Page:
Ryan Giggs Interview: What’s it like to spend 22 years in the first team of Manchester United?
Everyone, whether working day to day in an office setting, or on the pitch as a world class footballer, should have a career development plan to help them achieve their goals.
Manchester United star Ryan Giggs has been preparing for the next step after playing for a while and is thoroughly enjoying combining the roles of player and coach at present.
He’s done it all in his incredible United career spanning over 22 years in the first team, but even Ryan Giggs admits this season is, in a way, a bit “like starting all over again.” Not only is there a new manager at the United helm for the first time in over 26 years, Giggs returned to work in July in a new guise as a player/coach. He may still be going strong at almost 40, but he is the first to admit that the time for hanging up his boots isn’t too far away. He has therefore been planning for life after playing for some time and his new coaching role is one he is relishing.
“Five years ago I honestly didn’t think I’d still be playing at this age so I wanted to make sure I was prepared when I finished so I started doing my coaching badges then. It’s been tough at times because it’s quite time consuming but I’m really glad I’ve done it and I’m really enjoying the new role.
“First and foremost, just like any other season I’m part of the playing squad, so I’m out on the training pitch and I’m playing on a Saturday. But I’m also doing some additional coaching and in that respect my role is the same as Phil Neville’s or Steve Round’s. Obviously it can be a bit difficult to coach when I’m out there on the training pitch, so the practical side doesn’t happen every day. That said, I’ve done bits of individual coaching with players at the end of sessions and there are some days where I’m in recovery mode and I’m not doing a full session myself – that frees me up to help out with some coaching. But even though I can’t always coach from the sidelines I’m still taking part in the morning coaching meetings and playing an active role in that respect. I’m involved in discussions around the squad, looking at videos on our next opponents… everything, really.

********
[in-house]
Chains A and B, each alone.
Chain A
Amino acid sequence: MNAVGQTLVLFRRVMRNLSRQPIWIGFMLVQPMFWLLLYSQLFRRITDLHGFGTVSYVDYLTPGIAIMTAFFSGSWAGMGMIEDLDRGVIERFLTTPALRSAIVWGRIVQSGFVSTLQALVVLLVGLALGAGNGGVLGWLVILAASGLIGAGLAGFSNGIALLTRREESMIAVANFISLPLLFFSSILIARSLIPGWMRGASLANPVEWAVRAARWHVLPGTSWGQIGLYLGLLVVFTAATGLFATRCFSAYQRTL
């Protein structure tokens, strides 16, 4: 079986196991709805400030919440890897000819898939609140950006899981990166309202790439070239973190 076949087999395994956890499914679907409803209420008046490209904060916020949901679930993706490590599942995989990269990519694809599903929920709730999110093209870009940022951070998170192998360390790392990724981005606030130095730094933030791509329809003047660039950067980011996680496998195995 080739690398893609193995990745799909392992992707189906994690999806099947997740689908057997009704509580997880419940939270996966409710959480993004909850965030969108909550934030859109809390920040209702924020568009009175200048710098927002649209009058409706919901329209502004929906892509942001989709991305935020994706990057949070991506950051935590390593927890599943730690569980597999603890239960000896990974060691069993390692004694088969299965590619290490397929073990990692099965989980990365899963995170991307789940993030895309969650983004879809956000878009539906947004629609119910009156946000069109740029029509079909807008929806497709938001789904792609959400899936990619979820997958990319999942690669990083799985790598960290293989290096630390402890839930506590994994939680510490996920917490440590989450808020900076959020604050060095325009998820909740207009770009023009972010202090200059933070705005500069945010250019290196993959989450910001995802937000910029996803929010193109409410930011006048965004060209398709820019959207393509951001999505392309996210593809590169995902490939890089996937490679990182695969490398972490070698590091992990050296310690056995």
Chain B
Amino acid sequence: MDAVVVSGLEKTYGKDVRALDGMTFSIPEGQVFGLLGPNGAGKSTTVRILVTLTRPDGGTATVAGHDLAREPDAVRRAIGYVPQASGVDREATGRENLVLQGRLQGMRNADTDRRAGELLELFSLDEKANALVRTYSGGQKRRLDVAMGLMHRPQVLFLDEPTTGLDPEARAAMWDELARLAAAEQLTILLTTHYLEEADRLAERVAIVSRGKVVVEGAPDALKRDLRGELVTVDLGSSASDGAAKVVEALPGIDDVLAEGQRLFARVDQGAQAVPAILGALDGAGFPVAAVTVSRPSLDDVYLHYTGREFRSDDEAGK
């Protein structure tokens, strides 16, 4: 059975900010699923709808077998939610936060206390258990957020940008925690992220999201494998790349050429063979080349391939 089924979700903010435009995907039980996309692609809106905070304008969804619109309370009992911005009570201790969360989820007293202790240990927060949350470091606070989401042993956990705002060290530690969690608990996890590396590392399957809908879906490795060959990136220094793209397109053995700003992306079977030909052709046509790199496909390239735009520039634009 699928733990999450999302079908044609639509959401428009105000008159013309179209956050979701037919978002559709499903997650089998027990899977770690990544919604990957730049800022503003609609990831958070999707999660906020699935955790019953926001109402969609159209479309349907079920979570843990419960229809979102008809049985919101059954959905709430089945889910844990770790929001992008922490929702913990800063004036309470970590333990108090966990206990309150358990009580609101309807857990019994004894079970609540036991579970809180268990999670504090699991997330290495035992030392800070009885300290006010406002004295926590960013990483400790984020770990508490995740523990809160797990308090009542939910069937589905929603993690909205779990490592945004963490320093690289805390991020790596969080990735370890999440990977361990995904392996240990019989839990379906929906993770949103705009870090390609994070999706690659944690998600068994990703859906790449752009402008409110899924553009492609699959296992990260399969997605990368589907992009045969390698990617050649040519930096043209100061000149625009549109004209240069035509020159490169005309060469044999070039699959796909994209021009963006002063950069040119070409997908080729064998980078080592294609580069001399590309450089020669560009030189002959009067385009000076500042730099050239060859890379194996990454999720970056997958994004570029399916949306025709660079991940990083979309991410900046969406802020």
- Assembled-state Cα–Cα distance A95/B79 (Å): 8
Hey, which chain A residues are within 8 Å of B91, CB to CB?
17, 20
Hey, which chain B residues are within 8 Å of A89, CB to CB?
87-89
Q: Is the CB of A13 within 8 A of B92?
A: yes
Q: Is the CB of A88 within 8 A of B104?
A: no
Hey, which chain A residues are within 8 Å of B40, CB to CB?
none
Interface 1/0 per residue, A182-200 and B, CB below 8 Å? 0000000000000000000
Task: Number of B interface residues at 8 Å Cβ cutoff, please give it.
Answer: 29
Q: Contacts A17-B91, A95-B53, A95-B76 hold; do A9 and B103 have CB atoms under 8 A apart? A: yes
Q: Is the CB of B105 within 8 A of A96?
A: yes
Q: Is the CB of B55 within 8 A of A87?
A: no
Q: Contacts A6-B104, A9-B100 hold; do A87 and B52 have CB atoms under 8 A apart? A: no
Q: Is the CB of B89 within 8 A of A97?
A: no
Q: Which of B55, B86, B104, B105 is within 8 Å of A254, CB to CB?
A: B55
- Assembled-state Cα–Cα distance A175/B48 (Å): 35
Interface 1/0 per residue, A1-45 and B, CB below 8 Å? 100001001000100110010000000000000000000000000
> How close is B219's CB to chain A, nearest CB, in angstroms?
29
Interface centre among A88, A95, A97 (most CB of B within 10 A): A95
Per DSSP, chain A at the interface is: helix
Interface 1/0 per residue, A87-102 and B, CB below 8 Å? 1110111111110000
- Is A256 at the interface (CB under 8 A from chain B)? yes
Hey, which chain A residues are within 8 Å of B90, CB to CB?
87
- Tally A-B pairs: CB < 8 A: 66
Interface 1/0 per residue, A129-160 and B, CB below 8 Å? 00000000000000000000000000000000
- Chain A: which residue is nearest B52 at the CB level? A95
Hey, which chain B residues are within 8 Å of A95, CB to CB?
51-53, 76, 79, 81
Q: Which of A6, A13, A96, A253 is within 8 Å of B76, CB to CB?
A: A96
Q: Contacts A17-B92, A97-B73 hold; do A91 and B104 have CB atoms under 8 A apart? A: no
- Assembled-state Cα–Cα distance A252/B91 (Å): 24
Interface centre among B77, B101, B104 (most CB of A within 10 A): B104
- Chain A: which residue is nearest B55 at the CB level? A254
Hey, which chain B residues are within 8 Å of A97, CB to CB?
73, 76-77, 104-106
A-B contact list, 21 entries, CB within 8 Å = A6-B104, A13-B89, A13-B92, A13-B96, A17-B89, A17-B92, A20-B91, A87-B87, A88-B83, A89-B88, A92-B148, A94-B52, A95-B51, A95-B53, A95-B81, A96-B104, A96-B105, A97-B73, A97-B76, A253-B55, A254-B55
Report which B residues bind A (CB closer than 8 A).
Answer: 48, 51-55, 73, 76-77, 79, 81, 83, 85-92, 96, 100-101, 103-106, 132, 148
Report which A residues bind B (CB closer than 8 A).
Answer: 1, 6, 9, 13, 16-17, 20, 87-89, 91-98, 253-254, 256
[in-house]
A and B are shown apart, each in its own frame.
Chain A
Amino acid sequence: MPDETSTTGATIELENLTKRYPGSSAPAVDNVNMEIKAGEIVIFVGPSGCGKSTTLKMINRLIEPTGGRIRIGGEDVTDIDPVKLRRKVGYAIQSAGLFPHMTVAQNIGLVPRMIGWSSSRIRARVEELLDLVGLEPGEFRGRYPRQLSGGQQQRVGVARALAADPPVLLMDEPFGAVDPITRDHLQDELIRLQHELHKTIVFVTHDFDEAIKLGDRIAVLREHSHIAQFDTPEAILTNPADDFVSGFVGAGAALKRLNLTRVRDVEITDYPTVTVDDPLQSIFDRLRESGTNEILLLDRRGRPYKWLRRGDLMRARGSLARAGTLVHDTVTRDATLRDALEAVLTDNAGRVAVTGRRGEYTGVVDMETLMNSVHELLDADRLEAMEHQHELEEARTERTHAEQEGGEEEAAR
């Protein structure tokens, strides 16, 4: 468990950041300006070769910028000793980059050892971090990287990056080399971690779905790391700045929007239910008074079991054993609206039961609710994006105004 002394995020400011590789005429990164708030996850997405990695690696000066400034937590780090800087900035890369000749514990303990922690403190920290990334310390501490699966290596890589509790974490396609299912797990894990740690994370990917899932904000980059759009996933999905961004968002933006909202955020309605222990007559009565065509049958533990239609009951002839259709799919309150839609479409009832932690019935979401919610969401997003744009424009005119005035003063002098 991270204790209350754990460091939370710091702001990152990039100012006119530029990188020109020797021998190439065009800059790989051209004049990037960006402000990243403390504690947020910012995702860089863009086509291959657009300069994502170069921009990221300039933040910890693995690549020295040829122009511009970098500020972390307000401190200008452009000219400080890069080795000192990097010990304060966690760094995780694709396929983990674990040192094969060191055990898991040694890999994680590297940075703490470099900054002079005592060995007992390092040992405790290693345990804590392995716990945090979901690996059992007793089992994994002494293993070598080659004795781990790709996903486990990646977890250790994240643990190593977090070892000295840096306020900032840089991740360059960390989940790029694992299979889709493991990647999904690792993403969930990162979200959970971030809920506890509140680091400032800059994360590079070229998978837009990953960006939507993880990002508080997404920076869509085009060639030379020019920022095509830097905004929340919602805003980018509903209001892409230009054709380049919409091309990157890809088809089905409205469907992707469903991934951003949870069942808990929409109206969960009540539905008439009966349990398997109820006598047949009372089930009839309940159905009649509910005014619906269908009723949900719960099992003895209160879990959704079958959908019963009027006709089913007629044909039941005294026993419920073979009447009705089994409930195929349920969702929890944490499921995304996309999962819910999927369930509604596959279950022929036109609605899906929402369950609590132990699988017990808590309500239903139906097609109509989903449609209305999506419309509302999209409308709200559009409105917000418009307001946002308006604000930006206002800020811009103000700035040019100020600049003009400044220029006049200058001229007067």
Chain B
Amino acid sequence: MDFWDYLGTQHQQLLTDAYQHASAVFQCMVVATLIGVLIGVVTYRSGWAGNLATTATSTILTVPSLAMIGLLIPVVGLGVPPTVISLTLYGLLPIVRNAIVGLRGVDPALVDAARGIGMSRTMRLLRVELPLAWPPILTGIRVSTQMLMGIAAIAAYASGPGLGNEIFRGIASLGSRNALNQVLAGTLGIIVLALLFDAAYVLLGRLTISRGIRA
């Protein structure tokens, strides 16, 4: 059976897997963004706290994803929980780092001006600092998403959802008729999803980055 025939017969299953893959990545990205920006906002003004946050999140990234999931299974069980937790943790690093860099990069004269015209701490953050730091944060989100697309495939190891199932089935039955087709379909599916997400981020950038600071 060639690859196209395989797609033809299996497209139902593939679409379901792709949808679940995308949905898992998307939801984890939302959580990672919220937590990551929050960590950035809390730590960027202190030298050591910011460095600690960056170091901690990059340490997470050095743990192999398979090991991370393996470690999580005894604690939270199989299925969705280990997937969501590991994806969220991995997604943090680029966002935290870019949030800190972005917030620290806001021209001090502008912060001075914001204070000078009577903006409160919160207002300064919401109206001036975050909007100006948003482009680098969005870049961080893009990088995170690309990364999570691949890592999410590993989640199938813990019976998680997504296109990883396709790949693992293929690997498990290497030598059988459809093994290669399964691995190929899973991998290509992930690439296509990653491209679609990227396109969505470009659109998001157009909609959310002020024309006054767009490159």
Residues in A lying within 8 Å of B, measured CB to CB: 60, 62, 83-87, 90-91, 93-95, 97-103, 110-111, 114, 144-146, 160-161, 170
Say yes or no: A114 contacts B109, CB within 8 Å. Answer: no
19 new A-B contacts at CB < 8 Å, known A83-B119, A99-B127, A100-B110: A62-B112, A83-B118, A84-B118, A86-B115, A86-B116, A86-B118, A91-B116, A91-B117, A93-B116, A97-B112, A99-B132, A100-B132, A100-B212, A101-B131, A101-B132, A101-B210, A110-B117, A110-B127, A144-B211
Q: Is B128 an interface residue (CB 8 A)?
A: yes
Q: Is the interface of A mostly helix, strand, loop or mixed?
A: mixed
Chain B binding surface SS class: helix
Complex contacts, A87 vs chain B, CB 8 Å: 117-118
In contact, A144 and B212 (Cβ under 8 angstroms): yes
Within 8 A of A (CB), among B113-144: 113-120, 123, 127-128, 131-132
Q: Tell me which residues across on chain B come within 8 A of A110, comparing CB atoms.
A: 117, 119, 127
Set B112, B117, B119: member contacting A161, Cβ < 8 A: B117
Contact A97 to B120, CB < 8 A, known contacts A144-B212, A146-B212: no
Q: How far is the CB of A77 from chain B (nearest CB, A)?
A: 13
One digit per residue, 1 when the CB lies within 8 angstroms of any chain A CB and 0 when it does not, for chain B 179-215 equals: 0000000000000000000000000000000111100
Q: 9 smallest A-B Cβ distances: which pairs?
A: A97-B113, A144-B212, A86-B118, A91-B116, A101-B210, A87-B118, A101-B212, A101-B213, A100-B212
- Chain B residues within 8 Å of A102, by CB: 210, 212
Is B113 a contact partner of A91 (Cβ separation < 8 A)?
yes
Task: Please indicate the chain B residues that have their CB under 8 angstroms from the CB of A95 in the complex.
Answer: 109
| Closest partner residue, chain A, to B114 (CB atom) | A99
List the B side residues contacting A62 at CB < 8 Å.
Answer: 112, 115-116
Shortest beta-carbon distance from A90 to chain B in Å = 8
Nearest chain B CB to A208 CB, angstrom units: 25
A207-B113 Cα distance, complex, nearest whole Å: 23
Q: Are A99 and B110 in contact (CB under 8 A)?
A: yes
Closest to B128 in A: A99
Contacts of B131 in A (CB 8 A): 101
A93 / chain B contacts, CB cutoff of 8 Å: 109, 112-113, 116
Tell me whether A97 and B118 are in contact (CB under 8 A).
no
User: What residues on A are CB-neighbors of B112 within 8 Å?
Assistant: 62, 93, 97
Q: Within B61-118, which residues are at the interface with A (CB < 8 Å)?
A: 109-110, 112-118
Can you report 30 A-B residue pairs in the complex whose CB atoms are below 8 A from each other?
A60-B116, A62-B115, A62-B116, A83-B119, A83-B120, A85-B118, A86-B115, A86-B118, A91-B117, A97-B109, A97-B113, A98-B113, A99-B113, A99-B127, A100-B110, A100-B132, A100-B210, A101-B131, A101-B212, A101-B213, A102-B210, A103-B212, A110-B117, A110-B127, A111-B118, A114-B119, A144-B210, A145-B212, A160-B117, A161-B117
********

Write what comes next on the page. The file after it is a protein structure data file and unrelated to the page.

“David [Moyes] called me about the role when I was in Turkey doing my coaching badges [in June]. My initial thoughts were how will it affect the playing side of things because I was obviously preparing to play for another year. I spoke to a few people and had a think about it and I could only see plus points, I couldn’t see any minuses. The manager was great and told me he sees me as a player first and foremost, but said that he wanted me on the staff as well. It’s an exciting chance for me and one that I couldn’t turn down.
“I still enjoy everything about playing, but what’s changed most over the years is the time it takes for me to recover after a game. Instead of having a day’s light training after a match I might have two recovery days now. And playing Saturday-Wednesday-Saturday just doesn’t tend to happen anymore. I definitely feel the effects of playing football these days! Sometimes I’ll see other players who I played alongside – like Nicky Butt, Paul Scholes or Phil Neville – and they’ve retired already, even though they’re younger than me. It’s quite funny to think I’m older than them and I’m still going.
“I’ve been reminded a lot recently that my 40th birthday is coming up…apparently 40’s the new 30, so I’m looking forward to it! [Laughs]. I know it’s quite daunting for some people but you just have to embrace it, not worry too much about it and just enjoy yourself. I’ve never really put much stock in my age – to me, it’s more about how you feel and I feel pretty good at the moment. That said, I might try and keep my birthday a secret from all the lads when it comes around [on 29 November]. That might prove tough, though…!”